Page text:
http://www.understandingwar.org/report/isiss-second-comeback-assessing-next-isis-insurgency

The Pentagon has issued a report that states that there is a major struggling dealing with a resurgent ISIS in the Middle East…..

Between April and June 2019, the Islamic State terror group “solidified its insurgent capabilities in Iraq and was resurging in Syria,” the Department of Defense Inspector General Quarterly Report says.

The report references significant changes in the region. In addition to the president’s sudden announcement of a drawdown of U.S. troops in Syria -– against the counsel of military advisers -– the report raises concerns that ISIS is gaining a renewed foothold in Iraq because U.S. personnel there were evacuated from diplomatic posts due to rising tensions with Iran. Experts told NBC News that as a result, that also has led to less surveillance of ISIS activity in Iraq.

https://www.nbcnews.com/news/military/u-s-backed-forces-struggling-quell-isis-insurgency-syria-iraq-n1040186

While the media and the public chases the shiny objects that the government throws out there…ISIS is returning to prominence in the Middle East as well as around the world in regions like Afghanistan, South Asia, etc.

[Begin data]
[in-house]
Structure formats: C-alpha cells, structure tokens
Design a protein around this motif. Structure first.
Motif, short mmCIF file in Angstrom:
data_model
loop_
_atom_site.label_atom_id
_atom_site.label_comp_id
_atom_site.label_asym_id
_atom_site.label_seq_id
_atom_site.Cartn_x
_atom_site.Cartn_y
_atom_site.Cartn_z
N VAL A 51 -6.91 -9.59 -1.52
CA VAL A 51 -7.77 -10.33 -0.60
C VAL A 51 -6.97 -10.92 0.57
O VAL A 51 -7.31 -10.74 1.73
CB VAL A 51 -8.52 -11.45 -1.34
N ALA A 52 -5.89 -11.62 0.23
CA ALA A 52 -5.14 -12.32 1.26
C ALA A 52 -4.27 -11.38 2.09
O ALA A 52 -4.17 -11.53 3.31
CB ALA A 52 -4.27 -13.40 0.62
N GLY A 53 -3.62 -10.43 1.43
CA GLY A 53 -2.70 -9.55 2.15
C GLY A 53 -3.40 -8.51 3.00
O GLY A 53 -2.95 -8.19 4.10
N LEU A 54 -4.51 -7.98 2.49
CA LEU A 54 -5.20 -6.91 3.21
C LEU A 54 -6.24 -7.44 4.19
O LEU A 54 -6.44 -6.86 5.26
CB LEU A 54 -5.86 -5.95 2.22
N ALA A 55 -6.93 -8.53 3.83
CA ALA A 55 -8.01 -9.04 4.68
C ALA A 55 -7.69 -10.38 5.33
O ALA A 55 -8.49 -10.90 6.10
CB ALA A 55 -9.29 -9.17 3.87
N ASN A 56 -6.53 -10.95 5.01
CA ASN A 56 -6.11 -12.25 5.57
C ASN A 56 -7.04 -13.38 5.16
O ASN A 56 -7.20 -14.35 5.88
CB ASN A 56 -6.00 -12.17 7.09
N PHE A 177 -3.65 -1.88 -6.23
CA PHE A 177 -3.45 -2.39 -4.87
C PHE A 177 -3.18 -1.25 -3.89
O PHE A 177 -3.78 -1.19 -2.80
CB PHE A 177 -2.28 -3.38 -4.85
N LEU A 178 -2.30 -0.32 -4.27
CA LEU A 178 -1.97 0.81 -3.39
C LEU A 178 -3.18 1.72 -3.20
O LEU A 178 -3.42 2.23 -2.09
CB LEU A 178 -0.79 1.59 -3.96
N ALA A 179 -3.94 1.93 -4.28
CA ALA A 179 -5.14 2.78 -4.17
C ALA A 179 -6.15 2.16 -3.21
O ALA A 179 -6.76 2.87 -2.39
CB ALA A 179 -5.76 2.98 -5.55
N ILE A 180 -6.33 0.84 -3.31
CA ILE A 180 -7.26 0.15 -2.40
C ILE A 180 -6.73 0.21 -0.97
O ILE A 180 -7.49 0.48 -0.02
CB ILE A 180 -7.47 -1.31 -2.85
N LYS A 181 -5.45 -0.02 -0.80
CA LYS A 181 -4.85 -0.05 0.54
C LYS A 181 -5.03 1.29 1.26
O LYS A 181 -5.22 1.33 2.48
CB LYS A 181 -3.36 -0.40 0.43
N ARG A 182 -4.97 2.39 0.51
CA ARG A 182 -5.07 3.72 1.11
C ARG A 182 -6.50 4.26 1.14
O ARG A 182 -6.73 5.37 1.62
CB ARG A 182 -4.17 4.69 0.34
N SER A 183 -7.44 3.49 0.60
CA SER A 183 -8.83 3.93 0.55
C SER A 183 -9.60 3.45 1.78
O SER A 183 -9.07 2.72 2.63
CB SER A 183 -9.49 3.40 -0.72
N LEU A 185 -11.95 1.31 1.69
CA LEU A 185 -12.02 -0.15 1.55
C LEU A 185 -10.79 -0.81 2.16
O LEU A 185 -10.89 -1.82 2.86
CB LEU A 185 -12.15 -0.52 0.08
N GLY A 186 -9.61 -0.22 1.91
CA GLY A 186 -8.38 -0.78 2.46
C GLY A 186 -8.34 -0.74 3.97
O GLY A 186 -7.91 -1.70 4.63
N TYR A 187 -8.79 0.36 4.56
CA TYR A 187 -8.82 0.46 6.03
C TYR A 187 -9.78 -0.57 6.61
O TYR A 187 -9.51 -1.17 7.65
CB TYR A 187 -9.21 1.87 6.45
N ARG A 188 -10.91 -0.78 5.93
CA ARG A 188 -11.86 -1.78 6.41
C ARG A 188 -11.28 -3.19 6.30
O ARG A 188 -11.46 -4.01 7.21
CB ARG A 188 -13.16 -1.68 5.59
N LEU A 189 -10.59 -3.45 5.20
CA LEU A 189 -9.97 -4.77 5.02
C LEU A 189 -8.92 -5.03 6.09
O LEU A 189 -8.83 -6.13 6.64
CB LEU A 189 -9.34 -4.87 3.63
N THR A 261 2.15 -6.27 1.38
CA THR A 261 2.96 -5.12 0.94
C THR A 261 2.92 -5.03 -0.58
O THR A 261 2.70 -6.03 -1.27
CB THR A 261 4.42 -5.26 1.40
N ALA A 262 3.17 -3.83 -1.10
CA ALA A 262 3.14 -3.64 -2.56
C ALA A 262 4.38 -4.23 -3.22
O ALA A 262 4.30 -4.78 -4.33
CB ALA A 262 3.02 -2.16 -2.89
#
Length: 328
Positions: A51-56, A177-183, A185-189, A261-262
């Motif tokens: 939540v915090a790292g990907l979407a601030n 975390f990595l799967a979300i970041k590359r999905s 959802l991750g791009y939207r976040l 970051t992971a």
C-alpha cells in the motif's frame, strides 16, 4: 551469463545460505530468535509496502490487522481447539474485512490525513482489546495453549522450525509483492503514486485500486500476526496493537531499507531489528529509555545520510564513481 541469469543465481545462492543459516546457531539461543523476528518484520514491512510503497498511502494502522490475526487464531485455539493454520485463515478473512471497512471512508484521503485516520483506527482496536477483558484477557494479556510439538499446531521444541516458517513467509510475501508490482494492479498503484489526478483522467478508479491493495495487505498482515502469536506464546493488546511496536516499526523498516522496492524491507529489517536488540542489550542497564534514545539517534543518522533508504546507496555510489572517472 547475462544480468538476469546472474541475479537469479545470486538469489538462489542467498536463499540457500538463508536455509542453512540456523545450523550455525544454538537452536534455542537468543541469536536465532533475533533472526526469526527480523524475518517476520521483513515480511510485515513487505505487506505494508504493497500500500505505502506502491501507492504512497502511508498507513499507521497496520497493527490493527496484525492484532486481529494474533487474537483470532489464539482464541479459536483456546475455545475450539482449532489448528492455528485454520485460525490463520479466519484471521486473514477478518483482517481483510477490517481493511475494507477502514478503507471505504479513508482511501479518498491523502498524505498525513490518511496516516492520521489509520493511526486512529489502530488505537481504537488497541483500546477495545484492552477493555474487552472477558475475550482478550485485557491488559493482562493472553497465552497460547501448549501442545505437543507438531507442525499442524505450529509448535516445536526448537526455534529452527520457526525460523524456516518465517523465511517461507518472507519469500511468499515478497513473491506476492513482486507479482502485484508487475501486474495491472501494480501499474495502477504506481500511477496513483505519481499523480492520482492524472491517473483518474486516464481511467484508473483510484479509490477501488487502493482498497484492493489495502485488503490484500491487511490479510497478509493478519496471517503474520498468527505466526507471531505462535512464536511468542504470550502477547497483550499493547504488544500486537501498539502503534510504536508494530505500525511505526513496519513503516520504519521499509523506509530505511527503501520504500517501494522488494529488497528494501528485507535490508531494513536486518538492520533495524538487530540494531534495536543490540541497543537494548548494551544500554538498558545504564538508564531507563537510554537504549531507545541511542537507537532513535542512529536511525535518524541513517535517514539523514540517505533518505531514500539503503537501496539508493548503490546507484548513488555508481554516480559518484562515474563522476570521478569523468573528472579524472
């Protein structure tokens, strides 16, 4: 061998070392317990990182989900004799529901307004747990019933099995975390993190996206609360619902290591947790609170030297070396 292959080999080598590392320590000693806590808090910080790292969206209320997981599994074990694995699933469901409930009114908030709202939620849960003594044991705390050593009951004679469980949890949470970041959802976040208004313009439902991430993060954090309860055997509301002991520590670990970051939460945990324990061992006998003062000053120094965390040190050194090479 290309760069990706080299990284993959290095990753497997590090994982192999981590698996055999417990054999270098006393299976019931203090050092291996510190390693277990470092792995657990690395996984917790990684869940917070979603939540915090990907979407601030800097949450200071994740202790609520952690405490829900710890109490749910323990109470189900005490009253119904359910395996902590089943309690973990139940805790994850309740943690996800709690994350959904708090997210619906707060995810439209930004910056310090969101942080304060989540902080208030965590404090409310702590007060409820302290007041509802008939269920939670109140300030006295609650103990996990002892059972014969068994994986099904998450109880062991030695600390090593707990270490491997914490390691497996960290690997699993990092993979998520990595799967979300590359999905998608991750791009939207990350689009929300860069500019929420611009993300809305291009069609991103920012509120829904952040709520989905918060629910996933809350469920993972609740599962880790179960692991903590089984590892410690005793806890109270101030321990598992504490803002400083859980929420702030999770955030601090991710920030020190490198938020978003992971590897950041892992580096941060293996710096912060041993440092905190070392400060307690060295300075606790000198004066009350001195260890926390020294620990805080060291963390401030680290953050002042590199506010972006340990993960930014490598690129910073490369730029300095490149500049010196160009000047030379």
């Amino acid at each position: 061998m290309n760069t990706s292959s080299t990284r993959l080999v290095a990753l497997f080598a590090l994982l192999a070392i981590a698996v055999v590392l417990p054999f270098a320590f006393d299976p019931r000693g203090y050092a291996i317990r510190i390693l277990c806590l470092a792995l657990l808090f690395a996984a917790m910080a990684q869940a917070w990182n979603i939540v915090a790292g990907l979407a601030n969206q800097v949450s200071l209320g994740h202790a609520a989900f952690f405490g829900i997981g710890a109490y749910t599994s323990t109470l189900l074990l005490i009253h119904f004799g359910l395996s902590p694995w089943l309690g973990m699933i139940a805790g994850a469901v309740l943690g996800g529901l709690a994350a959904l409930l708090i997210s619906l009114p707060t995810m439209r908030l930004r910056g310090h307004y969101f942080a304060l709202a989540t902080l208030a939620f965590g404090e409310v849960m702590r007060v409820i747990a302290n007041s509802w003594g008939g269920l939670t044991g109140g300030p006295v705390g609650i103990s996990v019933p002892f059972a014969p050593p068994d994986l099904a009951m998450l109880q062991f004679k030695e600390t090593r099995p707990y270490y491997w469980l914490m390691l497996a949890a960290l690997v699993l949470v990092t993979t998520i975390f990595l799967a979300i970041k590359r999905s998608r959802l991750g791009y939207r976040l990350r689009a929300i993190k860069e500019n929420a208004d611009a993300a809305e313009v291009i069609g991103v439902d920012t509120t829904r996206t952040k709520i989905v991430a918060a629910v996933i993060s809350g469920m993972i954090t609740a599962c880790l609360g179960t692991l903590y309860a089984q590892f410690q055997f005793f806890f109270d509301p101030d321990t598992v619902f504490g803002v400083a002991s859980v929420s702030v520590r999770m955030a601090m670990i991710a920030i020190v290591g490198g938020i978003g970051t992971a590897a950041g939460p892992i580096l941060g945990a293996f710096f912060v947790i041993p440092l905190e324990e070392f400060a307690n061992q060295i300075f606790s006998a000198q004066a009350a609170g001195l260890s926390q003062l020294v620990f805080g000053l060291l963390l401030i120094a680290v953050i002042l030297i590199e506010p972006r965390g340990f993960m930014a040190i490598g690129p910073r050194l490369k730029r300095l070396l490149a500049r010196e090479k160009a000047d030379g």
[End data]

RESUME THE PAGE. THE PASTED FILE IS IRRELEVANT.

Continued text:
ISIS and al-Qaeda are rebuilding and should not be taken lightly….that happen before and we know how that ended don’t we?

The problem as I see it is that we are using tactics from 50 years ago….we need an upgrade……

I am in my second year of teaching a U.S. CT policy course to adult students ages 50-90. I have learned a few lessons from trying to explain our CT policies since the 1970s. The biggest lesson is that while administrations change the headline for our policy each time the other political party takes the helm; from “combating global terrorism” (Nixon and Republicans) to using a “law enforcement model” (Carter and Democrats), they really don’t change the underlying policy. Each administration since Richard Nixon has actually looked at the previous polices and kept the concepts they think are most important. The strategy only gets richer and more detailed. So, the U.S. counterterrorism policy hasn’t been re-written every 4 years anew; instead its been steadily evolving and trying to adapt to our enemies use of terror. That’s oversimplifying it for sure, but I want to get us to the current solutions.